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Subject:  S-curve alternative

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JABC (Jordan)

Kelowna, British Columbia

If I grow the whole main vine in this kind of shape ----> ( , would that reduce the need for an individual s-curve? Like would 12 feet of slightly curved vine be enough to relieve the stress when the fruit lifts it? Or would the root nodes on the vine prevent that from working?

7/12/2019 12:43:53 AM


Central Illinois

your secondaries are going to be growing towards each other, and I think the pumpkin will pull both sides of the > tight unless you move the pumpkin

7/12/2019 8:08:42 AM



The wider the curve, the longer is the final arch which will be lifted up and pushed back by the growing fruit (its stem), and therefore the higher will be the number of main vine nodes which cannot retain a tap root. With a sharp S-curve about five nodes (the one at the fruit and two adjacent nodes each on side) will be lifted up.

Make an experiment: Take a piece of string, form an S-curve of maybe 1.5 inches length, take a pair of tweezers and lift the arch and move it backwards...if that works, then use the same piece of string, arrange it in a wider bow, take a pair of tweezers and lift this bow to the same height and push it back by the same distance, and you will see that much more length of the string will be lifted up from the ground.

7/12/2019 9:06:41 AM



...typo..."on each side"

7/12/2019 9:07:19 AM



A big gradual curve isnt much different than no curve at all. A hair pin curve is the way to go.

7/12/2019 12:12:02 PM



An hour ago I have created such a string model of three different vine layouts, I have taken pics of what the fruit will be doing to the vine, stay tuned, the pics shall appear in my diary soon.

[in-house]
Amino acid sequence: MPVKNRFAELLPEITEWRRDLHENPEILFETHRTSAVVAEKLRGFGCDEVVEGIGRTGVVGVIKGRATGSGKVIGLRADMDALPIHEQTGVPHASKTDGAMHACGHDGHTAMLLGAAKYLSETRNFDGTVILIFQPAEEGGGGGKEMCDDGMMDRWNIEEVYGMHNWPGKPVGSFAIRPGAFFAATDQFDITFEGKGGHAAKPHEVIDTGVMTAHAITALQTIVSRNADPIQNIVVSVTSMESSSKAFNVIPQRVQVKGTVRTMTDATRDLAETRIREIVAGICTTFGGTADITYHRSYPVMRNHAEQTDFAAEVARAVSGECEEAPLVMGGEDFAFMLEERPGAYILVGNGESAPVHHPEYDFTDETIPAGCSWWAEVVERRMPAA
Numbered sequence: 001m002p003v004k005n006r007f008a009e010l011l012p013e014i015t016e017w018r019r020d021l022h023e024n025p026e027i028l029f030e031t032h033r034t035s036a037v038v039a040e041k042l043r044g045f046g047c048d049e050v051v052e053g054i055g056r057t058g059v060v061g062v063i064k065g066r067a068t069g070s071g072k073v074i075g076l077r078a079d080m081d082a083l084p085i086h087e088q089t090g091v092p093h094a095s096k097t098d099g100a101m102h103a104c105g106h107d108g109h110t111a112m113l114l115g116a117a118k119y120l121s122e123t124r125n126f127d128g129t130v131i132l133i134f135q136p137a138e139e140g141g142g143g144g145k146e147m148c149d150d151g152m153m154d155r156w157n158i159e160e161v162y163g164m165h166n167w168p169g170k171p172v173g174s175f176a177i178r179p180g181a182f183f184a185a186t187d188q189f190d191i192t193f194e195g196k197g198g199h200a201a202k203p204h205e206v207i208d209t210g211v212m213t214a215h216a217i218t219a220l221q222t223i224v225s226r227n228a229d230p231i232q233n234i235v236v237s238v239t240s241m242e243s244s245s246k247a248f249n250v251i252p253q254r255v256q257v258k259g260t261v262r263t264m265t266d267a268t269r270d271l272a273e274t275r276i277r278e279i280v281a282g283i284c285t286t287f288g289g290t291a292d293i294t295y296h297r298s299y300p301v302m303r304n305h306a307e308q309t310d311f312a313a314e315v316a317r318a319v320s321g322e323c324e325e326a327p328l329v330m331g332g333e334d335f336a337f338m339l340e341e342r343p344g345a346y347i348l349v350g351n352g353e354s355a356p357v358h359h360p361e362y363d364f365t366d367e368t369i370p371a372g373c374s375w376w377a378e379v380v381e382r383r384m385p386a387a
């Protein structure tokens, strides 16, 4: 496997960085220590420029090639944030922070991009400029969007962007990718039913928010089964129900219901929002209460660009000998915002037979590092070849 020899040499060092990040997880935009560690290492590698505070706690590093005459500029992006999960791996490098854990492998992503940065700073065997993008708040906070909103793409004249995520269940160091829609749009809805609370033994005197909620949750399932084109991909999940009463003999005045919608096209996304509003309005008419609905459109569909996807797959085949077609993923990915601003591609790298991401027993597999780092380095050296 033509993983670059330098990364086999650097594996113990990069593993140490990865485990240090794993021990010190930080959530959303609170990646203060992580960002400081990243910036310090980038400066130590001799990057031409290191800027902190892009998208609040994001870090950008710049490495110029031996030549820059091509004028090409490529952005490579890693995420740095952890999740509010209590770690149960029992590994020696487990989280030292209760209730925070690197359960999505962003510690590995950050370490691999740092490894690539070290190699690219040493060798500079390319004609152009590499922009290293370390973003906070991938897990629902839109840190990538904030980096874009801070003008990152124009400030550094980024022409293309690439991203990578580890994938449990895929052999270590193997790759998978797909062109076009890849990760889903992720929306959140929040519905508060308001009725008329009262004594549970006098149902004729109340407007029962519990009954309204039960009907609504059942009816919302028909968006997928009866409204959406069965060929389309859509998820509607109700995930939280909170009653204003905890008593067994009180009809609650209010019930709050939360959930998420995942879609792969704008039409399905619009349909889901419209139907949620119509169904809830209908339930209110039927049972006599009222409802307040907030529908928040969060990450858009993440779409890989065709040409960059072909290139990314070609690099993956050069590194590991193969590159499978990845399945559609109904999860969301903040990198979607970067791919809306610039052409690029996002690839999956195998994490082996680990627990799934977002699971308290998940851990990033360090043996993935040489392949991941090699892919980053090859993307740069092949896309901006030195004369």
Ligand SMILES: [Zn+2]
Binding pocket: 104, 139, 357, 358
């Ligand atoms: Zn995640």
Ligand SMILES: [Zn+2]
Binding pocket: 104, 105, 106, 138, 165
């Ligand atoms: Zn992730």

7/12/2019 12:51:53 PM



Here it is, this diary entry and the other four entries past that one: http://www.bigpumpkins.com/Diary/DiaryViewOne.asp?eid=305653

7/12/2019 3:35:38 PM

Smallmouth (Team Ozark)


What if the pumpkin fell on the inside of your gradual curve? I think S curves are used so you can make the curve once you see which way the pkn will fall.

7/12/2019 3:45:16 PM



Agree, the wide curve always bears the risk that the fruit will be on the wrong side of the vine, whereas in case of the S-curve the vine will be bent at a later stage when you know where the fruit will be sitting. Another advantage of the S-curve, of course.

7/13/2019 8:12:02 AM

JABC (Jordan)

Kelowna, British Columbia

Wait the vine is supposed to be bent depending on which side the fruit is in?

7/13/2019 12:37:08 PM



Yes, of course. The pumpkin needs to rest on the outer side of the curve, because it will push the vine backwards with its stem. A pumpkin sitting inside the curve cannot push the vine further out.

7/13/2019 12:40:01 PM

JABC (Jordan)

Kelowna, British Columbia

Ah I see. Thanks

7/13/2019 2:53:50 PM


Syracuse, NY

i have never ventured to make curves beforehand, never a pumpkin big enough, i guess, lol, so, once a fruit is on the ground for me, every time i move it to align it better, i also see about pulling it back away from the vine an inch or so, relying on the stretch available in the vine and i also have been known to put a solid stake in the ground for the vine on the risky side of the stem for it to rest up against (keep/pull the vine away) from either side that is touching a part of the fruit...i always evaluate the stress on the stem and vines, of course, and some form of padding is used at the points where the vine(s) go around the stakes - it is a play-it-by-ear sorta thing - eg

7/14/2019 11:10:19 PM

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